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Democrats to their base: “They are who we thought they were”

“They are who we thought they were.” In one of the greatest sports rants, Dennis Green was asked about his team’s (Arizona Cardinals) performance against the Chicago Bears. The Cardinals had played the Bears the next to last game of the preseason, which typically is a dress rehearsal for the upcoming season. Teams play their starting lineups for at least half the game and in many cases through much of the third quarter as a preview of what their teams will do when the regular season starts. Coach Green’s disappointment in his team’s plays resulted in one of the most memorable rants in a post-game press conference in the clip at the bottom of this post.

While a few Republicans, very few publicly, are dismayed at Trumpism, many Democrats are touting Coach Green’s refrain, “They are who we thought they were.”

Many who see the racism that is visible in the trump’s action and speech are not surprised and what they are seeing and hearing. Democrats have touted their party as being the party of inclusion, even though, at times the party’s policies and actions may not reflect those values, the positions and policies on criminal justice come immediately to mind, they are much more inclusive in outreach than Republicans have been in the post-civil rights era.

For Republicans, the view of many that make up the bulk of the democratic party, people of color, LBGTQ and other marginalized groups, there has always been an undercurrent of bias, or outright racism. Even in the midst of Republicans efforts to include people of color and women and making consorted efforts to ensure minorities and women were represented in Republican leadership roles, i.e. Michael Steele, Roberto Gonzales, Sarah Palin, and others, they were never able to overcome the image of being the party of primarily white men. What was always present was that the party wanted to narrowly define what it meant to be American.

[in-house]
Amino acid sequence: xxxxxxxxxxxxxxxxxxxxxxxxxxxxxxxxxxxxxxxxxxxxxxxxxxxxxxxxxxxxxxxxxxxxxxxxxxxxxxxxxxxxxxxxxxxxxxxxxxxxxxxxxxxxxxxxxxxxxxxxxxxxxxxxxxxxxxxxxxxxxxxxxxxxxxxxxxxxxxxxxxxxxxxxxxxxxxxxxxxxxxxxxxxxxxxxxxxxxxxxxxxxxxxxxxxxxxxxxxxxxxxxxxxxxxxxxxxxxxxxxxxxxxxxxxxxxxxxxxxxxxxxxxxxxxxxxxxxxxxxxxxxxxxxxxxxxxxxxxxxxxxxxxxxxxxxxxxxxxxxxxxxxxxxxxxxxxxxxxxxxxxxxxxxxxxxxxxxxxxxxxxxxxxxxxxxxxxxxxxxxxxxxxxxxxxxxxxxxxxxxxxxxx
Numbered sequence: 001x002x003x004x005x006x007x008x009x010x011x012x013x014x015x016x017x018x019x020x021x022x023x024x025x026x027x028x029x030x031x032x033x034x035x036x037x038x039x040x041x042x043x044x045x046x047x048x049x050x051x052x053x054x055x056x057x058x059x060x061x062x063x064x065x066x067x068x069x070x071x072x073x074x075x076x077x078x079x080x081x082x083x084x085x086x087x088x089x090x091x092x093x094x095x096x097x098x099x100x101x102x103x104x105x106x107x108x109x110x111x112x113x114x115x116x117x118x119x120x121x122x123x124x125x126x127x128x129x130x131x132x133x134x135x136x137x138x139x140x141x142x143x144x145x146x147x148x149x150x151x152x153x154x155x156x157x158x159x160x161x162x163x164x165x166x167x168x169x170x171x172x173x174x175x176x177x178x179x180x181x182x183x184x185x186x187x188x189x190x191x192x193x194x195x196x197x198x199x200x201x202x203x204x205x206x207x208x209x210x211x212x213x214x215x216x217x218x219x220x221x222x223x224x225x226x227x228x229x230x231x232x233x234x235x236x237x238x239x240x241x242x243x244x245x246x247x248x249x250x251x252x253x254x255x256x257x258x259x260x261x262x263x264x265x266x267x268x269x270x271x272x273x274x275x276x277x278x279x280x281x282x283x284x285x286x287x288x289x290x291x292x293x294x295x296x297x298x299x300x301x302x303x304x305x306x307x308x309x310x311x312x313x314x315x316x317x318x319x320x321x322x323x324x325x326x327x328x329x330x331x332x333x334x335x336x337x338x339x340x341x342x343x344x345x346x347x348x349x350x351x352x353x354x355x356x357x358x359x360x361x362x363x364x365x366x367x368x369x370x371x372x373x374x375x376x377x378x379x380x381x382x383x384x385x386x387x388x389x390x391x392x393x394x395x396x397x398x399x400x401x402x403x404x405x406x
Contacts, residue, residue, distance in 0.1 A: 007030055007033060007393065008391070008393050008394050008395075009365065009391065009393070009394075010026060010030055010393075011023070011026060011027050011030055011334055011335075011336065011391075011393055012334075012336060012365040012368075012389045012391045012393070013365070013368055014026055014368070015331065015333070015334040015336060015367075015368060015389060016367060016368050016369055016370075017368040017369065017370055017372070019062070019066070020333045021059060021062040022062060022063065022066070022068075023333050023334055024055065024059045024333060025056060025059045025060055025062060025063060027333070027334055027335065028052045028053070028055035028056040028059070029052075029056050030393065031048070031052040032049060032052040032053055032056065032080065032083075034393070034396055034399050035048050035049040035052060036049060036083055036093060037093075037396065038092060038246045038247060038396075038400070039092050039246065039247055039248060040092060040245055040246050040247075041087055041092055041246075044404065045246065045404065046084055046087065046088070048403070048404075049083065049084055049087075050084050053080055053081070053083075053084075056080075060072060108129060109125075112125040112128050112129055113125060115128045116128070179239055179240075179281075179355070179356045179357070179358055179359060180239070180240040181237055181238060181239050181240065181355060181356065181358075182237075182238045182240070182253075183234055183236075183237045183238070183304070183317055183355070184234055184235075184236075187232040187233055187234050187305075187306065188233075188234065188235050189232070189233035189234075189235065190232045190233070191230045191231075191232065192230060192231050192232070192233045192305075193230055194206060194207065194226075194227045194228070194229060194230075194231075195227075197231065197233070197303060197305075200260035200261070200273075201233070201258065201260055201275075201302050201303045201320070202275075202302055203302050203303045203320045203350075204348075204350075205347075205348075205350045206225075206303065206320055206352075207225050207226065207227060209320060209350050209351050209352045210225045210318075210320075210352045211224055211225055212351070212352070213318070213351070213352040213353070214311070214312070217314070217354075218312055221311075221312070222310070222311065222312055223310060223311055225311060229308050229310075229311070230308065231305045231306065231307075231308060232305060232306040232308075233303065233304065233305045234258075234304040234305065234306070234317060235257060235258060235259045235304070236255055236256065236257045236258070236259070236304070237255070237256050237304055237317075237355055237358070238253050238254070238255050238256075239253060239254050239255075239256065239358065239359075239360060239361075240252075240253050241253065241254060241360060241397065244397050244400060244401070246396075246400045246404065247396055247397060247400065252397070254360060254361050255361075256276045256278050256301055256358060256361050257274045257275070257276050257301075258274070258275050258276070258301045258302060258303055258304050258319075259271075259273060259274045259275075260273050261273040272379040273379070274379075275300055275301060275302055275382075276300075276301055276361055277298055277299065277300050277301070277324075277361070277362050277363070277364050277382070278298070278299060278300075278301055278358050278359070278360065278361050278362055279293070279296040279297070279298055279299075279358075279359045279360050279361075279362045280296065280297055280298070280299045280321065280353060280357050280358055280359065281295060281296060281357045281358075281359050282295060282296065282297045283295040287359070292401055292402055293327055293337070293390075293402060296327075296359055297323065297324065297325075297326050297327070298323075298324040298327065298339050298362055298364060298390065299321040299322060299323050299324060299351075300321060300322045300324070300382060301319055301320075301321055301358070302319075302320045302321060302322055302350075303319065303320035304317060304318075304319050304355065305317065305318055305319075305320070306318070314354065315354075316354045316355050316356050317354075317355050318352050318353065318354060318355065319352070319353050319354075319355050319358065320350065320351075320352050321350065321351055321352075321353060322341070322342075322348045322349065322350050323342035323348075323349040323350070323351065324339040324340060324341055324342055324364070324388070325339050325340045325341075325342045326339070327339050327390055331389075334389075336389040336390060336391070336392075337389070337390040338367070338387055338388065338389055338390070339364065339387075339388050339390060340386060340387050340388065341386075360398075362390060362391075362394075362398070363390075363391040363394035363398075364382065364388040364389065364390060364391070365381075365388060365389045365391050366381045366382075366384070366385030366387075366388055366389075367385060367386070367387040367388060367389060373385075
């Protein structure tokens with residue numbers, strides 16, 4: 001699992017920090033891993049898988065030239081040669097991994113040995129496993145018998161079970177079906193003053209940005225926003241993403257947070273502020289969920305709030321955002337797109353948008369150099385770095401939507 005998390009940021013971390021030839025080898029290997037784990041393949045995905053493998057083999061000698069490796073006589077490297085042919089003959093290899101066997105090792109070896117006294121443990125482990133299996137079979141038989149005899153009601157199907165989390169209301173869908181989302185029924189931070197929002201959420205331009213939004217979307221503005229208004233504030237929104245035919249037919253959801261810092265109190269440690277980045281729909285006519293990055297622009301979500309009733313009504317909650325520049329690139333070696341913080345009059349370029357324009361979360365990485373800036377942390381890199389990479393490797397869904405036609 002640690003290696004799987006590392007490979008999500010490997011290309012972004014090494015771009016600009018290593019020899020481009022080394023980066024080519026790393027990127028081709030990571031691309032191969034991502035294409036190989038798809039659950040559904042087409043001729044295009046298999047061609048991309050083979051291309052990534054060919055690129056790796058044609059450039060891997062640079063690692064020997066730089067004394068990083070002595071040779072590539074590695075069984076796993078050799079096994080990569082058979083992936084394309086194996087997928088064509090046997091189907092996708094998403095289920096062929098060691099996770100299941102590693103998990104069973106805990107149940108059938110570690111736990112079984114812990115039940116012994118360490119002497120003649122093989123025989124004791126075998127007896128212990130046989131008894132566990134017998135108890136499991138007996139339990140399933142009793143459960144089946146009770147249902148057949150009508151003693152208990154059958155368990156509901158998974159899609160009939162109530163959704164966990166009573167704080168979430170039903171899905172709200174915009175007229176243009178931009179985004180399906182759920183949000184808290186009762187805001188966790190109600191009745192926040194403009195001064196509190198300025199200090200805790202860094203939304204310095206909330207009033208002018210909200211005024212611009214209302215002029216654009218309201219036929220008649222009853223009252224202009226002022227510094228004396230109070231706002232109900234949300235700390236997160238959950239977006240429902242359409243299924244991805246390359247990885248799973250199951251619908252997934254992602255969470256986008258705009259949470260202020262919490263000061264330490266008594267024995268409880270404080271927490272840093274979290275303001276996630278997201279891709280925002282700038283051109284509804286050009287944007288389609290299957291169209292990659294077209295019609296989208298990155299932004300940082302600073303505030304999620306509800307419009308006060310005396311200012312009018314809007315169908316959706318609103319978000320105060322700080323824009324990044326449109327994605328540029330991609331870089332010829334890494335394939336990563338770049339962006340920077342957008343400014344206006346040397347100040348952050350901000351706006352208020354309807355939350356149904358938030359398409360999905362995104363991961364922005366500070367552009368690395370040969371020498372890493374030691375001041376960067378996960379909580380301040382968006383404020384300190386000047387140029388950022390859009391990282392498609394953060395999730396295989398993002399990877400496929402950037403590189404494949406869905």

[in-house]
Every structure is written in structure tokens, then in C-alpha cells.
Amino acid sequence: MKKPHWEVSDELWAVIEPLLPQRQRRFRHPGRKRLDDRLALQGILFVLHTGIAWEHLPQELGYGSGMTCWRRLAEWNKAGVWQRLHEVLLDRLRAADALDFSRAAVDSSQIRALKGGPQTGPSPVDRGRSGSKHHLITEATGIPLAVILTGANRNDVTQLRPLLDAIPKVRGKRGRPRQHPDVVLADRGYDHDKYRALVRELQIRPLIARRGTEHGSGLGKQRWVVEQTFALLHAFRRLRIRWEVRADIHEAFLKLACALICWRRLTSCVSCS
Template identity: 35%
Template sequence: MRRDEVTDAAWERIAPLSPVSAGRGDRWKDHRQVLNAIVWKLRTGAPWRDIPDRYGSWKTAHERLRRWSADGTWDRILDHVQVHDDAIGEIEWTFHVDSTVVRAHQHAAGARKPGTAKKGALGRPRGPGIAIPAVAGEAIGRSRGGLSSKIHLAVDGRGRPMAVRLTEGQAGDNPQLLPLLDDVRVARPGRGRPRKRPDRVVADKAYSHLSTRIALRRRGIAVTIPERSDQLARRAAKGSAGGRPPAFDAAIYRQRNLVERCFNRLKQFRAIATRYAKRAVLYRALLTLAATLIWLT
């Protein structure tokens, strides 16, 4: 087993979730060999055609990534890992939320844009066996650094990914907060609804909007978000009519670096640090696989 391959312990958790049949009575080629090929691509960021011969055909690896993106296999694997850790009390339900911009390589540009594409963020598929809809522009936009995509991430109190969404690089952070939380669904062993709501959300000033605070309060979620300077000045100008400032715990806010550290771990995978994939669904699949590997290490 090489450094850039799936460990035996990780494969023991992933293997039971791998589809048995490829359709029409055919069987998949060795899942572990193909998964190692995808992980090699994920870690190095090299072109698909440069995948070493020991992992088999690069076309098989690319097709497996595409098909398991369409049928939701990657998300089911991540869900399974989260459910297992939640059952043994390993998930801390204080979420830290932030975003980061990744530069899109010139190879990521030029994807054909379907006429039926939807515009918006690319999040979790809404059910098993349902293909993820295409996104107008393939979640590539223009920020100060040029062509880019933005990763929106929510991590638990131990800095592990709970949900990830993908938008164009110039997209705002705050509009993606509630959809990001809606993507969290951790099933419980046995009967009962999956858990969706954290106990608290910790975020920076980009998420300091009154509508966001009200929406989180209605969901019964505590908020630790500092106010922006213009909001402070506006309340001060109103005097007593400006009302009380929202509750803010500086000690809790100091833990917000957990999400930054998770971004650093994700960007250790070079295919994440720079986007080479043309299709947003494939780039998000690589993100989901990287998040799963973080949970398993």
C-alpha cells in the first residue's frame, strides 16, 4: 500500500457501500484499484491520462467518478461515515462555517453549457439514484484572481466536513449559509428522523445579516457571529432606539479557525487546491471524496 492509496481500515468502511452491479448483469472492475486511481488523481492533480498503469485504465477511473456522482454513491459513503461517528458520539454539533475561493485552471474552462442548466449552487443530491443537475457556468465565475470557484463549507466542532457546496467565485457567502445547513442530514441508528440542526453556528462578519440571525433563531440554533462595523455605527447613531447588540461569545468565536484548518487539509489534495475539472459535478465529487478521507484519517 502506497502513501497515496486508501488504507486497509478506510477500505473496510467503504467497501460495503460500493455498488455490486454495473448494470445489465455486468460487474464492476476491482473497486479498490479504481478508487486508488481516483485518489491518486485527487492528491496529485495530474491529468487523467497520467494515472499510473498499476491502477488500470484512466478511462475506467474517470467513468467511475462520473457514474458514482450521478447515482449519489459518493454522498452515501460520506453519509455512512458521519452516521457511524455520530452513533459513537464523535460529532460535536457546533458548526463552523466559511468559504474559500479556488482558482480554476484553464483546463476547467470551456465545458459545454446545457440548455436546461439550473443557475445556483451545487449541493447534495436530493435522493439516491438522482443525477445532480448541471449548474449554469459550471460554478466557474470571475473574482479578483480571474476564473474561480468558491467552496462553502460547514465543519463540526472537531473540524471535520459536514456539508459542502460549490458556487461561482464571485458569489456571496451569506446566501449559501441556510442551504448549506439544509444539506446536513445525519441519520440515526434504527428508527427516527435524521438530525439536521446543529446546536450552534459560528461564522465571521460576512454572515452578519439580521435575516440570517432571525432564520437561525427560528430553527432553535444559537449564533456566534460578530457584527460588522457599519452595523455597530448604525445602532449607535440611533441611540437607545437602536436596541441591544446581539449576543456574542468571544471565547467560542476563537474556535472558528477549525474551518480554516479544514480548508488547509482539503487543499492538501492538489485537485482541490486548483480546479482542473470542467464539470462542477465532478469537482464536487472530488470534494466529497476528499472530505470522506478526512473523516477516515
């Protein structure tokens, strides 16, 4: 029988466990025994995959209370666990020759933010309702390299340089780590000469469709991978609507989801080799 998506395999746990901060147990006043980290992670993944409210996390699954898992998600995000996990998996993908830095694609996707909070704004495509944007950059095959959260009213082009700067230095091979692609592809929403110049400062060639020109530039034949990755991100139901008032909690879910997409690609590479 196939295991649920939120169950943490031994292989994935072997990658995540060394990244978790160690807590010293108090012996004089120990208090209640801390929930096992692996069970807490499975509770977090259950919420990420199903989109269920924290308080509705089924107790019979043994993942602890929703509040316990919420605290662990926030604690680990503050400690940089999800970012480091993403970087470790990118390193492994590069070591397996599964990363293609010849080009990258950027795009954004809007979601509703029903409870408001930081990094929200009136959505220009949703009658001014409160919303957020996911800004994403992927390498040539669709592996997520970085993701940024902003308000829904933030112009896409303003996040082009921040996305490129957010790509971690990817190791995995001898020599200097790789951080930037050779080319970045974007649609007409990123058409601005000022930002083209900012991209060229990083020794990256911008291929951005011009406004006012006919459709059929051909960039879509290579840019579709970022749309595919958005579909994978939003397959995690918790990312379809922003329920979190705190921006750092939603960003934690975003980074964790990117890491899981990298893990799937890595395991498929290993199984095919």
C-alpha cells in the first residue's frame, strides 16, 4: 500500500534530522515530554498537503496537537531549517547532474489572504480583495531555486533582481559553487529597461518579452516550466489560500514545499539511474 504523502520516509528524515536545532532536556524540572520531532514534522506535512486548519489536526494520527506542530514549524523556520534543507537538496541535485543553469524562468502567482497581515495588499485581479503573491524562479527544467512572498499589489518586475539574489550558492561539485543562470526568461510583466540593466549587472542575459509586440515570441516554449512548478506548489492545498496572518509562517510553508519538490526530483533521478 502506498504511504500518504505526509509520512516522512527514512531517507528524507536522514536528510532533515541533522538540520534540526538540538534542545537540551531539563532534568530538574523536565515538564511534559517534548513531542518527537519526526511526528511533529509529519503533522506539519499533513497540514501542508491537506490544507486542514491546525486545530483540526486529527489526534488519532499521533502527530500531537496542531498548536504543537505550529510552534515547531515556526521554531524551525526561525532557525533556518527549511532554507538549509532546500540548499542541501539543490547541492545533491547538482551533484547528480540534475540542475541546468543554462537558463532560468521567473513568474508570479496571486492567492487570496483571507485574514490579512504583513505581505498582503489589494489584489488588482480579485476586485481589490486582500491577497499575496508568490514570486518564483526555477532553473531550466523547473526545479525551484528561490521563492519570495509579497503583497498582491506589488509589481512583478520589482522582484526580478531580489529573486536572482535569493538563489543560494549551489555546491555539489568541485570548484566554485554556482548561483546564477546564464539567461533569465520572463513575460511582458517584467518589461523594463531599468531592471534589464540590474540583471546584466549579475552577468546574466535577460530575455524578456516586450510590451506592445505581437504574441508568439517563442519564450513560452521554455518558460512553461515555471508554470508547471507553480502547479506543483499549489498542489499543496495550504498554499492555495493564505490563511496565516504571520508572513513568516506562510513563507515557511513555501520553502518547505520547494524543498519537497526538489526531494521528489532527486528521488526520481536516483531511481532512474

Trump removed the undercurrent of racism and made defining America as a country to be led by white men. Barack Obama made it easy to sell. It became easy for Republicans to say, this “inclusion” is not who America is and it is not who or what we want to be. It was easy to galvanize Republicans against the black head of the Democratic Party. One could argue that Barack Obama was a gift to the Republican Party.

I don’t think anyone could have predicted that the Republican Party would be or was a party that would embrace lying and criminal activity. I don’t think, and maybe I’m wrong, that anyone would have imagined that their belief of a homogeneous society was this paramount to Republicans’ beliefs or desires. But, if you look at the plans the party has had and been waiting to put into place, with respect to their agenda relating to judges, and their legislative agenda, for example, overturning civil rights legislation and reversing SCOTUS rulings we should have known that they would do almost anything to get their agenda into place.

For Democrats, the galvanized Republicans and their full embrace of Trump, including his broad character flaws, it makes it easy to say, “They are who we thought they were.” Democrats have to also say, “we had them and we let them off the hook.”

Here’s Denny Green

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